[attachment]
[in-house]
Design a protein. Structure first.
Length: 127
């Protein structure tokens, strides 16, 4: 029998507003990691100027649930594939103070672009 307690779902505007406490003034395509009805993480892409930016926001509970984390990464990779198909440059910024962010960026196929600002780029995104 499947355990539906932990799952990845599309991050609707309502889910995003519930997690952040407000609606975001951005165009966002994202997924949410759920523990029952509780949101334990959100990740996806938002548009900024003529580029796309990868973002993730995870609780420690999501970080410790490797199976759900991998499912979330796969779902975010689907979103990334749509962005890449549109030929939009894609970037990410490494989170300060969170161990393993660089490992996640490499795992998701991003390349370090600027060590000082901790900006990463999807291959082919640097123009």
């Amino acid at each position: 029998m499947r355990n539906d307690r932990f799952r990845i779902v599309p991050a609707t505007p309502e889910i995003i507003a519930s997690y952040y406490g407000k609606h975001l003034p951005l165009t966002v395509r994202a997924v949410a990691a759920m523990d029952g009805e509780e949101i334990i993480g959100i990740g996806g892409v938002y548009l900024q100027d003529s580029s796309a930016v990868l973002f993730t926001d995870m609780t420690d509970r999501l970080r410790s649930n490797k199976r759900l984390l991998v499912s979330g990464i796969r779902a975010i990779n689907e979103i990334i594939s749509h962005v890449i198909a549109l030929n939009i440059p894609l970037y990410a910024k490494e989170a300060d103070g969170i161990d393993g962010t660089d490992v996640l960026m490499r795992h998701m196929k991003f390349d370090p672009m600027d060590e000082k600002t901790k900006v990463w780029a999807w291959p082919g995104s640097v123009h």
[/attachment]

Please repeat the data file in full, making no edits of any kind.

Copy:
[in-house]
Design a protein. Structure first.
Length: 127
């Protein structure tokens, strides 16, 4: 029998507003990691100027649930594939103070672009 307690779902505007406490003034395509009805993480892409930016926001509970984390990464990779198909440059910024962010960026196929600002780029995104 499947355990539906932990799952990845599309991050609707309502889910995003519930997690952040407000609606975001951005165009966002994202997924949410759920523990029952509780949101334990959100990740996806938002548009900024003529580029796309990868973002993730995870609780420690999501970080410790490797199976759900991998499912979330796969779902975010689907979103990334749509962005890449549109030929939009894609970037990410490494989170300060969170161990393993660089490992996640490499795992998701991003390349370090600027060590000082901790900006990463999807291959082919640097123009």
């Amino acid at each position: 029998m499947r355990n539906d307690r932990f799952r990845i779902v599309p991050a609707t505007p309502e889910i995003i507003a519930s997690y952040y406490g407000k609606h975001l003034p951005l165009t966002v395509r994202a997924v949410a990691a759920m523990d029952g009805e509780e949101i334990i993480g959100i990740g996806g892409v938002y548009l900024q100027d003529s580029s796309a930016v990868l973002f993730t926001d995870m609780t420690d509970r999501l970080r410790s649930n490797k199976r759900l984390l991998v499912s979330g990464i796969r779902a975010i990779n689907e979103i990334i594939s749509h962005v890449i198909a549109l030929n939009i440059p894609l970037y990410a910024k490494e989170a300060d103070g969170i161990d393993g962010t660089d490992v996640l960026m490499r795992h998701m196929k991003f390349d370090p672009m600027d060590e000082k600002t901790k900006v990463w780029a999807w291959p082919g995104s640097v123009h």